Tuesday, April 17, 2012

Lying Through Your Teeth: Rob McKenna edition

I'm beginning to get the sense that Rob McKenna is not the political wunderkind that Washington political reporters have been waiting for. He's made a continued campaign to highlight his own discrepancies on issues. He has consistently done one thing and said another on women's health, biased ballot initiative language, and protection against health insurance company abuse. McKenna is making a pattern of saying one thing and doing the opposite.

This has been an open secret of the Inslee-McKenna campaign so far, but it's rare to see an acknowledgement of the McKenna duplicity in print. I was shocked to see this in the Spokesman-Review, the flagship East of the Cascades paper.
McKenna did support a maneuver by all 22 Republicans and three breakaway Democrats late in the regular session that pushed through an alternative budget. Murray questioned how McKenna, who has called for increased spending on education, could support a budget that cut public schools and colleges.
McKenna later said he “wasn't thrilled” with the education cuts in that alternative budget, which later was revised in the House. At a campaign press conference during the third week of the special session, he said if he'd been involved in discussions over that alternative Senate budget “I would've gone to them and said 'Let's not make the education cuts.'”
 The thing about "I would have" quotes is that they are proof that McKenna is saying one thing and doing another. He "would have" supported a budget that didn't cut the education budget, but he did support a budget that cut $74 million in education funding next year. It appears that McKenna's staffers was actively involved in whipping votes for the Republican education-gutting budget. He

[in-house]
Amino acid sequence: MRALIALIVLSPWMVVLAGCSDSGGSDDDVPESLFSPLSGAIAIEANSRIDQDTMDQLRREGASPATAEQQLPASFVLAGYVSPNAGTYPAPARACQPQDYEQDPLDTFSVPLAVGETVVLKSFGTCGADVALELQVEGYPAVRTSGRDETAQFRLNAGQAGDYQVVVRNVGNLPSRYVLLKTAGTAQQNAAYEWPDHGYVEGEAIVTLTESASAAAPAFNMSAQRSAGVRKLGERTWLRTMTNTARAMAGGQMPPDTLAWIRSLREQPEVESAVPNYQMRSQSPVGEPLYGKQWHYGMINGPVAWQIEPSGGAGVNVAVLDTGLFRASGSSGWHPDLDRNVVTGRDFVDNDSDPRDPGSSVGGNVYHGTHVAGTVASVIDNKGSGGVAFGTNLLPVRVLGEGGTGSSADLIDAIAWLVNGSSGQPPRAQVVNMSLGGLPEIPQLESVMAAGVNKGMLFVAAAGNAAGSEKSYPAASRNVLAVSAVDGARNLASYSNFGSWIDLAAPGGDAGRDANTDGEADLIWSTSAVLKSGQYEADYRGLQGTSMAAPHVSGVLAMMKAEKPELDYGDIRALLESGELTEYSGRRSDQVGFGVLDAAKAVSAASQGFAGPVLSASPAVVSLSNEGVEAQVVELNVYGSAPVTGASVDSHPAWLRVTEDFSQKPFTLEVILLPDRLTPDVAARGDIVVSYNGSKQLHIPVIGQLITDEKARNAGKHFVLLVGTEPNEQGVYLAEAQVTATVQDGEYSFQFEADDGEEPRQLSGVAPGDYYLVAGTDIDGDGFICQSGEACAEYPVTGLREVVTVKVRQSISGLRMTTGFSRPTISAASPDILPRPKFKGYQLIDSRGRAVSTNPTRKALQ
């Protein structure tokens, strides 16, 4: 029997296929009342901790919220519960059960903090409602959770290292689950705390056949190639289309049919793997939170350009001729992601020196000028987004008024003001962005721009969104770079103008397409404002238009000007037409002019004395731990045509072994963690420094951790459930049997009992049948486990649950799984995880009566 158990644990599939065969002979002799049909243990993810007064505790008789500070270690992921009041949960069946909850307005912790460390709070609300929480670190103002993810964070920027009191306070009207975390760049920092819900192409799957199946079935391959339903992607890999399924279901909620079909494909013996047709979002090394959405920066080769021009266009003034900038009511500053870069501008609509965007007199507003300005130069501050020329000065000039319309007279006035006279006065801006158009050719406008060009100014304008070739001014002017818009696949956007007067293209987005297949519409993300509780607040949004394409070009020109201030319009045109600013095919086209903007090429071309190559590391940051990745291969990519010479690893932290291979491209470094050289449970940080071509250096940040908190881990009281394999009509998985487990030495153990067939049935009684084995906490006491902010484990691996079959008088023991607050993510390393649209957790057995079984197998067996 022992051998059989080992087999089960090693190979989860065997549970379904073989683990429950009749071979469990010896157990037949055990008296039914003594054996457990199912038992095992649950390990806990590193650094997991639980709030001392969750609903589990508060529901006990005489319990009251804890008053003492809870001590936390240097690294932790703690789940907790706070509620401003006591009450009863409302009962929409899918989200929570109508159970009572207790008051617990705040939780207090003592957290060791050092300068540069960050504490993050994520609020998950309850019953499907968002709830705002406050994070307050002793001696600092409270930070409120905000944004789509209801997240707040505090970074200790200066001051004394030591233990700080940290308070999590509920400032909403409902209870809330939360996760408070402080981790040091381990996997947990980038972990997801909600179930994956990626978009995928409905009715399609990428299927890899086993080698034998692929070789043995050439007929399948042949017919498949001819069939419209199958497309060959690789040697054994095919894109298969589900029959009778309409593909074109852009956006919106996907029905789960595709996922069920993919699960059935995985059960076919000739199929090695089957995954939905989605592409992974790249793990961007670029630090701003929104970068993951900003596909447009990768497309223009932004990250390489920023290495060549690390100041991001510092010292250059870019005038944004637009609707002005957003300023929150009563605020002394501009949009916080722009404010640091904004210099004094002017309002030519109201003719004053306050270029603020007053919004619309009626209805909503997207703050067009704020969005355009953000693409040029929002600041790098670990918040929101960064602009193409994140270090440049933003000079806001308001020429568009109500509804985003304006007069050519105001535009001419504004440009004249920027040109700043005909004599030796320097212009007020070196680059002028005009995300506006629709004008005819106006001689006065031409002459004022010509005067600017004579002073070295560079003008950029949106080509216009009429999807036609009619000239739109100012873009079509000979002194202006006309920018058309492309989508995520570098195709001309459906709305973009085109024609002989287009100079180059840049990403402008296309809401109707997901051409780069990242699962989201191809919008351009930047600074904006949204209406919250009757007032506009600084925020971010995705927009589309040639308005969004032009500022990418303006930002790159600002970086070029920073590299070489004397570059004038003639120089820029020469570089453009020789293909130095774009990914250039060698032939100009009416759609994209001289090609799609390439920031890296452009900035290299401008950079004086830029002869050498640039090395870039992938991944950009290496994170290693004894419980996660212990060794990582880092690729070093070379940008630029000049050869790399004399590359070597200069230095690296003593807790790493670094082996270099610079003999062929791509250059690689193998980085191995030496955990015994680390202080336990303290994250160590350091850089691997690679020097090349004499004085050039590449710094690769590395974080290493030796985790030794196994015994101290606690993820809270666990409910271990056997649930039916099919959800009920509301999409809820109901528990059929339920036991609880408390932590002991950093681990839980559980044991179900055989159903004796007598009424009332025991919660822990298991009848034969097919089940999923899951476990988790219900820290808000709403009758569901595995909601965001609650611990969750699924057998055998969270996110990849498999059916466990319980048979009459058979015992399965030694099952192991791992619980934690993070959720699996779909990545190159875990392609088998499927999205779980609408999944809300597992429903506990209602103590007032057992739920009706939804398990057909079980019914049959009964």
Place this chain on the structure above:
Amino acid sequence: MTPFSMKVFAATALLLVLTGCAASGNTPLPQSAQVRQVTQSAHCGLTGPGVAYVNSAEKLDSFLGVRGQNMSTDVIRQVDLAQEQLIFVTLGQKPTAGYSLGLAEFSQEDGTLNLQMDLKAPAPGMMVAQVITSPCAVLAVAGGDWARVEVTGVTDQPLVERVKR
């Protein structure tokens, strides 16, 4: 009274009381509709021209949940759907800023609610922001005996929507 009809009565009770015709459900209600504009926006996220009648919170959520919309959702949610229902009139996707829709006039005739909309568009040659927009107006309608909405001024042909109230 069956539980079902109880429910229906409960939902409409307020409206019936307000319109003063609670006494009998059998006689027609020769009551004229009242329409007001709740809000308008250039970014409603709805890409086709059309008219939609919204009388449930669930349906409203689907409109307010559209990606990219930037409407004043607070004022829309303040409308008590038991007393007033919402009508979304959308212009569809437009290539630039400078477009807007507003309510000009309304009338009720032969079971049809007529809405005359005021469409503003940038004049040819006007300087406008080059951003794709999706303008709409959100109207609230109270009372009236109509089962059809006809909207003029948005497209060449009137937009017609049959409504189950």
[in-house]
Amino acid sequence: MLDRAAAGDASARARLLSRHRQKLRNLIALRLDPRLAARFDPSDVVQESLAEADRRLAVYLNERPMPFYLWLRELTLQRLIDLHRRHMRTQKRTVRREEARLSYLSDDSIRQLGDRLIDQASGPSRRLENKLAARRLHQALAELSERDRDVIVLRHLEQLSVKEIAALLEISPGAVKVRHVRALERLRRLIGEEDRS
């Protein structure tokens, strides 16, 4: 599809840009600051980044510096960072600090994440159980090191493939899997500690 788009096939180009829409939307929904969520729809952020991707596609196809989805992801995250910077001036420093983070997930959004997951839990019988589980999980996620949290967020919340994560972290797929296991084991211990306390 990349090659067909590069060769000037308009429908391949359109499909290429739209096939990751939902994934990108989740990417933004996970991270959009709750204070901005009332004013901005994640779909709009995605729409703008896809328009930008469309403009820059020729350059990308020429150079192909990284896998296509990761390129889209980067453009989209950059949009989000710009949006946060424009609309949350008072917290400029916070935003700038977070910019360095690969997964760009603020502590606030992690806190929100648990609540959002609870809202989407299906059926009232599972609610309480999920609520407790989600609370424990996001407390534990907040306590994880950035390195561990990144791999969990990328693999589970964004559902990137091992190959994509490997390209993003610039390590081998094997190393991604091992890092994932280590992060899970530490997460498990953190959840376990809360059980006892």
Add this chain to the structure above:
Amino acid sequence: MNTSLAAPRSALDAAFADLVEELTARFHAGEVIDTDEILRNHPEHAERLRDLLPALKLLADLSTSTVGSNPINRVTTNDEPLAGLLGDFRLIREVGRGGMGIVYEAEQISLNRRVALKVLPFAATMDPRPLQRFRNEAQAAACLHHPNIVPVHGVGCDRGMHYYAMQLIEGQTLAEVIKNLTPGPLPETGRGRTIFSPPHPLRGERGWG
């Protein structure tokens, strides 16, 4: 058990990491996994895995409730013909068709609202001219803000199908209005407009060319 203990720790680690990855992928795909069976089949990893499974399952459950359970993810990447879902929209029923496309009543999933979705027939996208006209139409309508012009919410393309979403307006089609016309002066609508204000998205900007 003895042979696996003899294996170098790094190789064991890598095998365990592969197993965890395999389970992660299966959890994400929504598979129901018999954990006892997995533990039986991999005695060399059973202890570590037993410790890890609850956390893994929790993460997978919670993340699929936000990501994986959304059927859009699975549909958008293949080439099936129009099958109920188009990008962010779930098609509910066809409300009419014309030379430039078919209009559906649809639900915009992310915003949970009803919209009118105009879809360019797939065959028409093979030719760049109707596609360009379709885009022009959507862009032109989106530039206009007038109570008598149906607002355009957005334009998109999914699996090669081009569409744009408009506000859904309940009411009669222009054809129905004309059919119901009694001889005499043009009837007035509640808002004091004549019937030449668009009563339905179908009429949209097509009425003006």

When it comes to the Washington marriage equality ballot initiative, Rob McKenna was responsible for drafting the language of the initiative that would appear in front of voters. Rob McKenna inserted right-wing talking points into the ballot title. A state judge had to straighten out the mess McKenna made. I bet the judge feels better knowing that McKenna "would have" not used "anti-gay" language if only Rob Mckenna had any common sense.

And then there's the Affordable Care Act, which McKenna decided to sue along with the other Republican Attorneys General, and then claimed that he supports the popular provisions in the law. A gap of that size between behavior and self-proclaimed values borders on a psychological disorder.

This is beginning to show up around the fringes of the Washington establishment media. This Spokesman-Review piece appeared first in a blog post. McKenna has been getting off easy from state media, but that tide may be turning.

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